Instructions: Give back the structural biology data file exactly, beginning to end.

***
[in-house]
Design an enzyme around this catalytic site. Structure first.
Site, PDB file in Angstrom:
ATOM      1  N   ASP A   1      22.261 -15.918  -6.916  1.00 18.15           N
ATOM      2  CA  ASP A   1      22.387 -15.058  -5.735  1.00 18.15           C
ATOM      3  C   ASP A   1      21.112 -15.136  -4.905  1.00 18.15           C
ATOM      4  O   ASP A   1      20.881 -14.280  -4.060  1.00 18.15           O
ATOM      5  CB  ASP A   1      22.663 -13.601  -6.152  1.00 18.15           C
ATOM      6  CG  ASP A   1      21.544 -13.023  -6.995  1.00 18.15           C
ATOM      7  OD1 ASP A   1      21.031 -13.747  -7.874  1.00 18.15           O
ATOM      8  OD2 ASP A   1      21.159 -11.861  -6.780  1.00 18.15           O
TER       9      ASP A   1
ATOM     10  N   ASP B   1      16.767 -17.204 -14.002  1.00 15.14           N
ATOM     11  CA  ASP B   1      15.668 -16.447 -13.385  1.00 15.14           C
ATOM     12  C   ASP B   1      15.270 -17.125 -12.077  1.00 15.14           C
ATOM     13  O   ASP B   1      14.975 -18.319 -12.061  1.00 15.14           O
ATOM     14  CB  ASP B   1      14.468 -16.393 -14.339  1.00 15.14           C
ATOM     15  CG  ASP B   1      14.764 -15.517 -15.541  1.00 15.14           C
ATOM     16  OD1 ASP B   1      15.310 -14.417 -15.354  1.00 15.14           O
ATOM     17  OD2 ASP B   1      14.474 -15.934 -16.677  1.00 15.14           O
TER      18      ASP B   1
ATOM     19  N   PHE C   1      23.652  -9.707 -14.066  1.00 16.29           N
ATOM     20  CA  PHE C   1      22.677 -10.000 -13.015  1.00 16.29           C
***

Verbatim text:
[in-house]
Design an enzyme around this catalytic site. Structure first.
Site, PDB file in Angstrom:
ATOM      1  N   ASP A   1      22.261 -15.918  -6.916  1.00 18.15           N
ATOM      2  CA  ASP A   1      22.387 -15.058  -5.735  1.00 18.15           C
ATOM      3  C   ASP A   1      21.112 -15.136  -4.905  1.00 18.15           C
ATOM      4  O   ASP A   1      20.881 -14.280  -4.060  1.00 18.15           O
ATOM      5  CB  ASP A   1      22.663 -13.601  -6.152  1.00 18.15           C
ATOM      6  CG  ASP A   1      21.544 -13.023  -6.995  1.00 18.15           C
ATOM      7  OD1 ASP A   1      21.031 -13.747  -7.874  1.00 18.15           O
ATOM      8  OD2 ASP A   1      21.159 -11.861  -6.780  1.00 18.15           O
TER       9      ASP A   1
ATOM     10  N   ASP B   1      16.767 -17.204 -14.002  1.00 15.14           N
ATOM     11  CA  ASP B   1      15.668 -16.447 -13.385  1.00 15.14           C
ATOM     12  C   ASP B   1      15.270 -17.125 -12.077  1.00 15.14           C
ATOM     13  O   ASP B   1      14.975 -18.319 -12.061  1.00 15.14           O
ATOM     14  CB  ASP B   1      14.468 -16.393 -14.339  1.00 15.14           C
ATOM     15  CG  ASP B   1      14.764 -15.517 -15.541  1.00 15.14           C
ATOM     16  OD1 ASP B   1      15.310 -14.417 -15.354  1.00 15.14           O
ATOM     17  OD2 ASP B   1      14.474 -15.934 -16.677  1.00 15.14           O
TER      18      ASP B   1
ATOM     19  N   PHE C   1      23.652  -9.707 -14.066  1.00 16.29           N
ATOM     20  CA  PHE C   1      22.677 -10.000 -13.015  1.00 16.29           C